Commonly Overlooked Problems for DIY Homeowners


Top Six Most Frequent Problems for Do It Yourselfers

Noticed a few things you want to fix or change around the house and thinking about doing them yourself? Before you dive into a project, make sure you fully understand what it takes to get it done. Here are some common items homeowners overlook when they begin Do It Yourself (DIY) project.

6. Not taking out the required permits.

Many DIY tradesmen consider permits to be a bother, but they definitely serve a real purpose. The true intent behind building permits is to ensure that the job is done right and that you don’t hurt yourself. For some jobs, it actually makes a significant financial difference; insurance companies won’t cover certain items if you don’t have a permit, so if a home burns down due to a poorly installed wood stove, that’s on the homeowner. The general rule as to whether you need a permit is that you need one for anything larger than painting and wallpapering. Call the building department and ask; it’s their job to give you a heads up on whether you need a permit.

5. Starting a job without the necessary supplies.

No omission will slow down a construction or repair job faster than not having all the materials you need. One of the reasons that professionals can work so efficiently is that they buy quality tools. Make sure to research the tools and materials you need in advance of a DIY construction job.

4. Not measuring.

Accurately measuring a space and buying the appropriate amount of materials is an absolutely vital element of DIY repairs. Precisely measuring the spaces in a repair job can save you some serious dollars in not buying a bunch of materials you don’t need. It also saves time: with the right amount of materials, additional trips to the hardware store will be avoided.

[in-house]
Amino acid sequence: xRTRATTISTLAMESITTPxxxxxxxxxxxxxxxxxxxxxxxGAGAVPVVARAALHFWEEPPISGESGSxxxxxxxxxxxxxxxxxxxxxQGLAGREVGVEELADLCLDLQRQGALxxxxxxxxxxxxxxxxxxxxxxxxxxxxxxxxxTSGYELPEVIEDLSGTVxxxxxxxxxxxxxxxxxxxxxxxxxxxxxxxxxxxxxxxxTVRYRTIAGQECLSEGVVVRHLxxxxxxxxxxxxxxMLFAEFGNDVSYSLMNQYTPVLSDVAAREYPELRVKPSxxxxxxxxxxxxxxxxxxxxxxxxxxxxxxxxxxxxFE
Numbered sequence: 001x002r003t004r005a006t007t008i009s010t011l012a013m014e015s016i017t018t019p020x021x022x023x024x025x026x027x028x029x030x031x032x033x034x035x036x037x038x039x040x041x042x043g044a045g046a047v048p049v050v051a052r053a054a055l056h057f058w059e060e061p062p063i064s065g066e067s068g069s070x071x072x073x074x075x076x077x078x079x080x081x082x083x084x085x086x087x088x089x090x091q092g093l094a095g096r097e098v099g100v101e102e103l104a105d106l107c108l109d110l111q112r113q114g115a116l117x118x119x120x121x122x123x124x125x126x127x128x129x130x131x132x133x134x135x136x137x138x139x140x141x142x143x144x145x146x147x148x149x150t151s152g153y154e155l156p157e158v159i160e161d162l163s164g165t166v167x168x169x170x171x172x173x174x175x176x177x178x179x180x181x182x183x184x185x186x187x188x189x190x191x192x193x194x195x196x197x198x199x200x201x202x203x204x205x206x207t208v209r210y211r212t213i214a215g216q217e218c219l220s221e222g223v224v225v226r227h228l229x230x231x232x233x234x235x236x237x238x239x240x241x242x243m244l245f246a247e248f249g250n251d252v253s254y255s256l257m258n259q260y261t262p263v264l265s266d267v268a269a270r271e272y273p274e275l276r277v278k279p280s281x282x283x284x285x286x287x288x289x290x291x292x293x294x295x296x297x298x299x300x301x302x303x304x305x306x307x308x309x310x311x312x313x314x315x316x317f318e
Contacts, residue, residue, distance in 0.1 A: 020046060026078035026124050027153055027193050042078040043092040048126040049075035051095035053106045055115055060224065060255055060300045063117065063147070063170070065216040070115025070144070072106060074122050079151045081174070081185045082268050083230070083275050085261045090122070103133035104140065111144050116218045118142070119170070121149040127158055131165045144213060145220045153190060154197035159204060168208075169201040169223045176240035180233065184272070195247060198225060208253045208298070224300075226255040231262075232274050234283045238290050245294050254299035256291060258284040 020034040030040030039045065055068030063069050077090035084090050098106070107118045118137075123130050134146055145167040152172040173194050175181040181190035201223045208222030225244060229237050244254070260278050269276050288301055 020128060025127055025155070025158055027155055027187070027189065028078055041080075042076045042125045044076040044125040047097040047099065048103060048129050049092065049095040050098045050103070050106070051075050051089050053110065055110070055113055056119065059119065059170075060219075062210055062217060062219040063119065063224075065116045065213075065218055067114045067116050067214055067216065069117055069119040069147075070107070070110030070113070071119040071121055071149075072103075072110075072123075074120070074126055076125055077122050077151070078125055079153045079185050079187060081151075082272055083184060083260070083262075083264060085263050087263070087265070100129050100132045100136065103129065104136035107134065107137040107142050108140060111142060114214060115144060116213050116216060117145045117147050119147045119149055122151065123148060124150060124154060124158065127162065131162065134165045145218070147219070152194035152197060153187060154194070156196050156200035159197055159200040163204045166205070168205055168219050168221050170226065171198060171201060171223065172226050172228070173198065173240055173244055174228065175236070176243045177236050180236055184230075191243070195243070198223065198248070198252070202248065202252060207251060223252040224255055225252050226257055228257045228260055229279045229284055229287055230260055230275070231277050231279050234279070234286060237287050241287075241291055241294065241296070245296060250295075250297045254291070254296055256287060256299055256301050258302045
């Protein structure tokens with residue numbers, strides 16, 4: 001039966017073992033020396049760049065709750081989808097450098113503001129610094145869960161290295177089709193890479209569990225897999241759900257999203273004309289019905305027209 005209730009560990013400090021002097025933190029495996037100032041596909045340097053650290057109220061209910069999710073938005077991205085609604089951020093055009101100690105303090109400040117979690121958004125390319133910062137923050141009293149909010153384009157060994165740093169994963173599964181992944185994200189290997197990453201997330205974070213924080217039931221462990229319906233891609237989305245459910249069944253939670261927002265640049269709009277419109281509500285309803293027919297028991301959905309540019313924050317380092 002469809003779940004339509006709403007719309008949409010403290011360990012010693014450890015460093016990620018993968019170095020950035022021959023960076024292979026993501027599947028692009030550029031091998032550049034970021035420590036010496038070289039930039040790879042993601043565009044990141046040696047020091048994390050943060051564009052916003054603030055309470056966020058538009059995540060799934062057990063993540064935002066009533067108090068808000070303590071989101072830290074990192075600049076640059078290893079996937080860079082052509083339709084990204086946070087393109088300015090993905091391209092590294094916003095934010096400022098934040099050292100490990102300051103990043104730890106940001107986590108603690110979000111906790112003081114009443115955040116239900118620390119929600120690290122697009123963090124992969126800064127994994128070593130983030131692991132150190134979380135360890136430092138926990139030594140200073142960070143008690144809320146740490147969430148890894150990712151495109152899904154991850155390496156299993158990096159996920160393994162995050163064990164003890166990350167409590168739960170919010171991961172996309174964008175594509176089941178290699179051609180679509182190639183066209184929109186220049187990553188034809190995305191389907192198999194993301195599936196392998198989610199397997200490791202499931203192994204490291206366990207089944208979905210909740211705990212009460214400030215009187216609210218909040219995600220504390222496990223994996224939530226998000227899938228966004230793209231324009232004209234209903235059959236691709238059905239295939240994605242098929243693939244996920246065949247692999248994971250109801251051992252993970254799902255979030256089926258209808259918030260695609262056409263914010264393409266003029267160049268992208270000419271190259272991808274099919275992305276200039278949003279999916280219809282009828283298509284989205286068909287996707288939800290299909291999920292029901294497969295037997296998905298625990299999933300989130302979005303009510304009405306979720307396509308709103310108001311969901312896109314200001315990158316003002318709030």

3. Ignoring safety.

Most DIY construction aficionados know that electrical jobs are dangerous and require certain safety precautions. But it’s not only jobs involving electricity or gas that can potentially be very dangerous. Even small jobs can cause serious injury if homeowners don’t wear the right personal protection gear. For anything more complicated than raking leaves, it’s important to think about safety first.

2. Using cheap materials.

After investing in quality tools and committing your time to education and construction, the worst thing you can do is buy cheap materials. If you do use them, the chances are they will fail sooner rather than later, forcing you to do the same project over again. To purchase quality materials at a low cost, plan far enough in advance that you can take advantage of sales or discount outlets like Habitat for Humanity’s ReStore shops.

1. ‘For now’ repairs.

The first impulse of most homeowners who have already put out significant amounts of cash just to buy a home in the first place is to do a “Band-Aid” fix when something breaks. Without a proper repair, it’s possible to cause even more damage to the home that could cost a lot of cash to fix. Even if the “Band-Aid” fix works at first, it moves the repair further and further down the list. By the time your fix fails, its repercussions will have increased the cost of the eventual repair. It’s better to do it right the first time or make the tough call and bring in a professional.

Have you ever purchased a home with problematic repairs? Share your experiences in the comments, and let’s all learn more about smart home buying together!

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